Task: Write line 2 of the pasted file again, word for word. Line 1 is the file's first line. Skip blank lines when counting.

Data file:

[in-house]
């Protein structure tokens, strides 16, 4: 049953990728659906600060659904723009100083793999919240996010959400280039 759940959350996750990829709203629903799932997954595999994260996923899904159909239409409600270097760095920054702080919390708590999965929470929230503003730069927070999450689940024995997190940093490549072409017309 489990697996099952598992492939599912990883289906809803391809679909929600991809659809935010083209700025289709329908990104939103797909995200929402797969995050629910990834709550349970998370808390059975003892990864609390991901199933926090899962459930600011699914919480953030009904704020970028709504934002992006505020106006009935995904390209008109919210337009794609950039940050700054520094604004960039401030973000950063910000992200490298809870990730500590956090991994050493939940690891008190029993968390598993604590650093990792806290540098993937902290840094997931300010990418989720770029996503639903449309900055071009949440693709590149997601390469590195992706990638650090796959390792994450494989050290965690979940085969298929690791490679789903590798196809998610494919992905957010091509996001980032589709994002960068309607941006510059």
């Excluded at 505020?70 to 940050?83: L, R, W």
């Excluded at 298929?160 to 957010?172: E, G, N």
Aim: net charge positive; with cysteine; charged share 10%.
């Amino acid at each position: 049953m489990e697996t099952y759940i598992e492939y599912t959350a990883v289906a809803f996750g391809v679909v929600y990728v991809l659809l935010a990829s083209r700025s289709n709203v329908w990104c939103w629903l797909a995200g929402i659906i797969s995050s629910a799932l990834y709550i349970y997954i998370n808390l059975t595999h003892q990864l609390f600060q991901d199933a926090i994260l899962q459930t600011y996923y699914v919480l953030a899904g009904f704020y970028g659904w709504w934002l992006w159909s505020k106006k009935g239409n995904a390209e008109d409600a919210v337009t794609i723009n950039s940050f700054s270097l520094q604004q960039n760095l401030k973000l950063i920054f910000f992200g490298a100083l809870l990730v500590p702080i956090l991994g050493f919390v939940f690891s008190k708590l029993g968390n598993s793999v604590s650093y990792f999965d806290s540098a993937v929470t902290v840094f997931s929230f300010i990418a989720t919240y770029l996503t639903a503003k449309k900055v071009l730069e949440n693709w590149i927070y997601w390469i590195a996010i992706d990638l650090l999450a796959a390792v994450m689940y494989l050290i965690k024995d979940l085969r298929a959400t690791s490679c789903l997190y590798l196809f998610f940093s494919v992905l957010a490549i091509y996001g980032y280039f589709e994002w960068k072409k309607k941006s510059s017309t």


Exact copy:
């Protein structure tokens, strides 16, 4: 049953990728659906600060659904723009100083793999919240996010959400280039 759940959350996750990829709203629903799932997954595999994260996923899904159909239409409600270097760095920054702080919390708590999965929470929230503003730069927070999450689940024995997190940093490549072409017309 489990697996099952598992492939599912990883289906809803391809679909929600991809659809935010083209700025289709329908990104939103797909995200929402797969995050629910990834709550349970998370808390059975003892990864609390991901199933926090899962459930600011699914919480953030009904704020970028709504934002992006505020106006009935995904390209008109919210337009794609950039940050700054520094604004960039401030973000950063910000992200490298809870990730500590956090991994050493939940690891008190029993968390598993604590650093990792806290540098993937902290840094997931300010990418989720770029996503639903449309900055071009949440693709590149997601390469590195992706990638650090796959390792994450494989050290965690979940085969298929690791490679789903590798196809998610494919992905957010091509996001980032589709994002960068309607941006510059």